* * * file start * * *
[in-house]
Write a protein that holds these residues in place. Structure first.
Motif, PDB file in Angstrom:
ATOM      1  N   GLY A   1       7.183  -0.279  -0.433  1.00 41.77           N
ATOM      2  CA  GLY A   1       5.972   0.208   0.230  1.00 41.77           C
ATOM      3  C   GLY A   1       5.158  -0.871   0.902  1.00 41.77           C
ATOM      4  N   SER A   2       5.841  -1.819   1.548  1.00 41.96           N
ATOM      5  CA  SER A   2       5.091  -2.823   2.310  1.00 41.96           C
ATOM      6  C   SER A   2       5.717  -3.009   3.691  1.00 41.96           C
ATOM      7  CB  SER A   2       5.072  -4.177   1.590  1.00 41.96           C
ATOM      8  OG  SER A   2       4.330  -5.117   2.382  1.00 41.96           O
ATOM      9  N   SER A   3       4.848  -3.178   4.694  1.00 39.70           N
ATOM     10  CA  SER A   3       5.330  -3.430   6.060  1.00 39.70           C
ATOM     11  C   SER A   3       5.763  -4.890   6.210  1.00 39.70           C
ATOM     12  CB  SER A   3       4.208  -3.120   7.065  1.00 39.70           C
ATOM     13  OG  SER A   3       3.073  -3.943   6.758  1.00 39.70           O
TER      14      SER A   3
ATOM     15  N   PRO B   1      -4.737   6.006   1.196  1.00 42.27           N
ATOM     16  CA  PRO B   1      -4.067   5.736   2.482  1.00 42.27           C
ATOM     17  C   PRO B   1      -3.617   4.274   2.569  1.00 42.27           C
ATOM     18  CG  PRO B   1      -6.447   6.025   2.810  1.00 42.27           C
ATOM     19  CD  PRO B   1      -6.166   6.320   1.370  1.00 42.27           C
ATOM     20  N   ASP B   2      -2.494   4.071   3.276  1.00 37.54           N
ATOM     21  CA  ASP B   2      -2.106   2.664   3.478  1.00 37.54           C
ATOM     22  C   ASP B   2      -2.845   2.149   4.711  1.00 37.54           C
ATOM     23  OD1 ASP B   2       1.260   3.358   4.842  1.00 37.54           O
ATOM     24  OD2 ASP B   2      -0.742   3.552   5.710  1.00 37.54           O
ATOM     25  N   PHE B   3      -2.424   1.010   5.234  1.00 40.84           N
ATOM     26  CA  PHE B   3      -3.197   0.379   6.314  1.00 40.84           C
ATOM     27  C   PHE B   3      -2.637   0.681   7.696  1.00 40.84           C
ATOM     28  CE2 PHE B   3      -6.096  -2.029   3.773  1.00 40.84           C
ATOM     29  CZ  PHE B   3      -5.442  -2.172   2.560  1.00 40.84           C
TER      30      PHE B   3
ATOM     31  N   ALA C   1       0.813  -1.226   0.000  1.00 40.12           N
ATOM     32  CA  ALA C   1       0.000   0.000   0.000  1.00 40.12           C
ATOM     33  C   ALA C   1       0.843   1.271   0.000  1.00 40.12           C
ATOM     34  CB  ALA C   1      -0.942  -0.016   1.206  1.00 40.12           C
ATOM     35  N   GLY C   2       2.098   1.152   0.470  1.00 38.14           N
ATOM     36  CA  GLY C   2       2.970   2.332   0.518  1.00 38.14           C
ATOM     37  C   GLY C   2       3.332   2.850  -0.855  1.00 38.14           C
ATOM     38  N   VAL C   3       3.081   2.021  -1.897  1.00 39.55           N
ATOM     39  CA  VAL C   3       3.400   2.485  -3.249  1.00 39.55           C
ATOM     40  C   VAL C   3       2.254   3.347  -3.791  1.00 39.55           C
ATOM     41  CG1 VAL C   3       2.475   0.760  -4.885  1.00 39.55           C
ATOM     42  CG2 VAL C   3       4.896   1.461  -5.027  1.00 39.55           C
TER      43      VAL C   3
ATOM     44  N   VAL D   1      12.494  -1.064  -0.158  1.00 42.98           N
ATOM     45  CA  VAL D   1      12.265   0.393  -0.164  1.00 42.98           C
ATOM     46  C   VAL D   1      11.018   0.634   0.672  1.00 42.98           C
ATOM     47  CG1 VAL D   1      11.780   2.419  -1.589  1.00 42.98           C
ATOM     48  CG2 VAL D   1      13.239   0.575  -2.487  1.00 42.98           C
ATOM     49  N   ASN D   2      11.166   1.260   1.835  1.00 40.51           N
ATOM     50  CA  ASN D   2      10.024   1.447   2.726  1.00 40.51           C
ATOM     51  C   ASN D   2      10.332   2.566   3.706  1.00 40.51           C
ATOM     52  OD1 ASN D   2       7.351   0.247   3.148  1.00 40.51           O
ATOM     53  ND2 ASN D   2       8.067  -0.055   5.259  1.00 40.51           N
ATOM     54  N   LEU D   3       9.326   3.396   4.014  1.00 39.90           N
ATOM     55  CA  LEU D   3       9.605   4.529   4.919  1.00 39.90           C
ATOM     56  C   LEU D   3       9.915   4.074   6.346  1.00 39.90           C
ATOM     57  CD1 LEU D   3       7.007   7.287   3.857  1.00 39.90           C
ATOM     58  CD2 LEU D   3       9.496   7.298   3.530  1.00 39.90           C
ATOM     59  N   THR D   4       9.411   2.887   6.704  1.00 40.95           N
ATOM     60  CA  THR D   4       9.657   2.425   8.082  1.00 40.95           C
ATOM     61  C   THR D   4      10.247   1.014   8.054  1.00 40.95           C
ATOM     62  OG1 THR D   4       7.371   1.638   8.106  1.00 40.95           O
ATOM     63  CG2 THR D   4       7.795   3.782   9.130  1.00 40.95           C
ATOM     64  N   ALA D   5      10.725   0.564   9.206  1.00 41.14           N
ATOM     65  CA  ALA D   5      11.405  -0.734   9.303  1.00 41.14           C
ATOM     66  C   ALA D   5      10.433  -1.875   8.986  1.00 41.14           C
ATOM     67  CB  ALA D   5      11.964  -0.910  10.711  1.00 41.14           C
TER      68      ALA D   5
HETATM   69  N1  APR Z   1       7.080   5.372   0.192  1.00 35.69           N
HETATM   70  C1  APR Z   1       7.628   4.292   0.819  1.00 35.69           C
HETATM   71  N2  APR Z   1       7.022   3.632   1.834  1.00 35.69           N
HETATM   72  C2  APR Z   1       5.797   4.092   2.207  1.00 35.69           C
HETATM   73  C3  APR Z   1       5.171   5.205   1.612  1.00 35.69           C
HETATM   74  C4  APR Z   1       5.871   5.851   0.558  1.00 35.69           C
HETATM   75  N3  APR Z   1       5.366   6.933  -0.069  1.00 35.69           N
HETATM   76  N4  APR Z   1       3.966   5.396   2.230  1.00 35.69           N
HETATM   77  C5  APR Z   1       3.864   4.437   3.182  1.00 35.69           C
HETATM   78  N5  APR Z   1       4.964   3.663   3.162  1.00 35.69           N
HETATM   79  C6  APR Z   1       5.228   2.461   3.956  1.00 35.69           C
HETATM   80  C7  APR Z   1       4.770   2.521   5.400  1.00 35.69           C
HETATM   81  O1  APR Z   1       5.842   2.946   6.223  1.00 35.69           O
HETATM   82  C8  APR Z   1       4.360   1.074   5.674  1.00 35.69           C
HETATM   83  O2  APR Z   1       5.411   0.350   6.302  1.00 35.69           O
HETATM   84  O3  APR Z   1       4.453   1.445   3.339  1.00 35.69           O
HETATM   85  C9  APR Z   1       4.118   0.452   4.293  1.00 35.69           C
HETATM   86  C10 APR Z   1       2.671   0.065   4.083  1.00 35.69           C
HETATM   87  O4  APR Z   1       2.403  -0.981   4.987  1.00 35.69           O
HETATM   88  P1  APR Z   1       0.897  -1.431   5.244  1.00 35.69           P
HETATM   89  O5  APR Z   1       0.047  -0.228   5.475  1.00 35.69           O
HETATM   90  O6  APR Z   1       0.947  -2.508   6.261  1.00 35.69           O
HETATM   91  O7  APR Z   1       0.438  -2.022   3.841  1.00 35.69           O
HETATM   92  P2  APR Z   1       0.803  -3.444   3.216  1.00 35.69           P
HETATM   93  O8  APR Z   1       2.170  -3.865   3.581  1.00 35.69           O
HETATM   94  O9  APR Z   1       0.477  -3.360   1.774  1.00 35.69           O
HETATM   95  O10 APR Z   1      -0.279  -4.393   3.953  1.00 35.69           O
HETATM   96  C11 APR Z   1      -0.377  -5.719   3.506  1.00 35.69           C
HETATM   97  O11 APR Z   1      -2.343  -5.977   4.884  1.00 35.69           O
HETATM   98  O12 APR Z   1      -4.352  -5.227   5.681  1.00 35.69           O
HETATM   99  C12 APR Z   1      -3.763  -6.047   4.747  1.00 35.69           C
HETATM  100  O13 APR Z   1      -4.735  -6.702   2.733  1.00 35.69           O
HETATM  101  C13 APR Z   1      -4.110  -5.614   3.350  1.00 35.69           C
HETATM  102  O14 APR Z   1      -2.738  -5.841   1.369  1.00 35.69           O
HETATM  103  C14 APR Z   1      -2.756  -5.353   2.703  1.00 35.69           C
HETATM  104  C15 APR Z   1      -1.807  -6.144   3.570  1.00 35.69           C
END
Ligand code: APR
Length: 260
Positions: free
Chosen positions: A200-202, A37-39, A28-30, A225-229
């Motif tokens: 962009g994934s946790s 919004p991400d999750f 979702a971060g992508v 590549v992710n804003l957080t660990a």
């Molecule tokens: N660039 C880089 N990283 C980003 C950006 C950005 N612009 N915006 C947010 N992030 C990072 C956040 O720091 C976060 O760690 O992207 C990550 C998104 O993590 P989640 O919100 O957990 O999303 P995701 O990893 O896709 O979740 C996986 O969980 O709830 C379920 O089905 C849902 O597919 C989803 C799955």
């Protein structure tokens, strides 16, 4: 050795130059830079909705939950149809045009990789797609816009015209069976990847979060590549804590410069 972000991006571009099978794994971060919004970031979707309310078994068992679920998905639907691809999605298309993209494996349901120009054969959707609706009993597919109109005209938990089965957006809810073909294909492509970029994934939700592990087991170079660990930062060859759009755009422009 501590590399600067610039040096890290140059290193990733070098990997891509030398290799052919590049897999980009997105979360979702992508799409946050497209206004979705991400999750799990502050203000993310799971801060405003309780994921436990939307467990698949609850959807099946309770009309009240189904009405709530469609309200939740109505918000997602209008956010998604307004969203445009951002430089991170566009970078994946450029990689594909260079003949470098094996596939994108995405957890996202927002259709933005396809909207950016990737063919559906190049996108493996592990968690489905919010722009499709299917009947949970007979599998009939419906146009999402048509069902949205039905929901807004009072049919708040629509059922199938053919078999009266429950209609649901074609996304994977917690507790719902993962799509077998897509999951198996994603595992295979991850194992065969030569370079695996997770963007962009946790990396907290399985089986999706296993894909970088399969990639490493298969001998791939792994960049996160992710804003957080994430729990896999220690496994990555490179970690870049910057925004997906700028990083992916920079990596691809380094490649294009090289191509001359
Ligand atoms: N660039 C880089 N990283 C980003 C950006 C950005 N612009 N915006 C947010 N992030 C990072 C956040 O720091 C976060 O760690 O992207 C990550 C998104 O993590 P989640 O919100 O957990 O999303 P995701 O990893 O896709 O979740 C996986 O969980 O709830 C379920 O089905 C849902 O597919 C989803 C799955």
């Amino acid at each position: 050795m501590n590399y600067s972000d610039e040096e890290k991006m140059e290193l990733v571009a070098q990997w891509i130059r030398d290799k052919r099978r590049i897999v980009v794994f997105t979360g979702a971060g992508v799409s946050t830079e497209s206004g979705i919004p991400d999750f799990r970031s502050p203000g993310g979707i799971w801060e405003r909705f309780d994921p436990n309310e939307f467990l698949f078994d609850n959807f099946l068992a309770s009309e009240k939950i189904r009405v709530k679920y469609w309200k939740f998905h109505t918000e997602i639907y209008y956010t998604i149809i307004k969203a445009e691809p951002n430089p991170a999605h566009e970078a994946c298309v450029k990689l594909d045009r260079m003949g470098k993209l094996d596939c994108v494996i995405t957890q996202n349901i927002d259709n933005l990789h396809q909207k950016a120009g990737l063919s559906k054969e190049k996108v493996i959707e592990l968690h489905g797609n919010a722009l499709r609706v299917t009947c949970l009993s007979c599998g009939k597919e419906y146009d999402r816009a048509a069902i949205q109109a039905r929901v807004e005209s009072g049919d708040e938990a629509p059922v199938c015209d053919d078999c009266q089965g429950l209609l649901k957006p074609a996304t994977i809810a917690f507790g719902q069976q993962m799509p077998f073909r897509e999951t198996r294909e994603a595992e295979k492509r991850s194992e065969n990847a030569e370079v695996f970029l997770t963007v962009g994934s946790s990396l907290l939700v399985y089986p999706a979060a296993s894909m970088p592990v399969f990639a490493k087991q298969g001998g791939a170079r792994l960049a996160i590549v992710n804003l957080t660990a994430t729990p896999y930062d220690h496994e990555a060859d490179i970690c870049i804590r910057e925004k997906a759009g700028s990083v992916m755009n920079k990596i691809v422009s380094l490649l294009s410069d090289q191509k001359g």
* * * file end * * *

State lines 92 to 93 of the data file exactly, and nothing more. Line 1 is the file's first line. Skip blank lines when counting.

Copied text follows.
HETATM   89  O5  APR Z   1       0.047  -0.228   5.475  1.00 35.69           O
HETATM   90  O6  APR Z   1       0.947  -2.508   6.261  1.00 35.69           O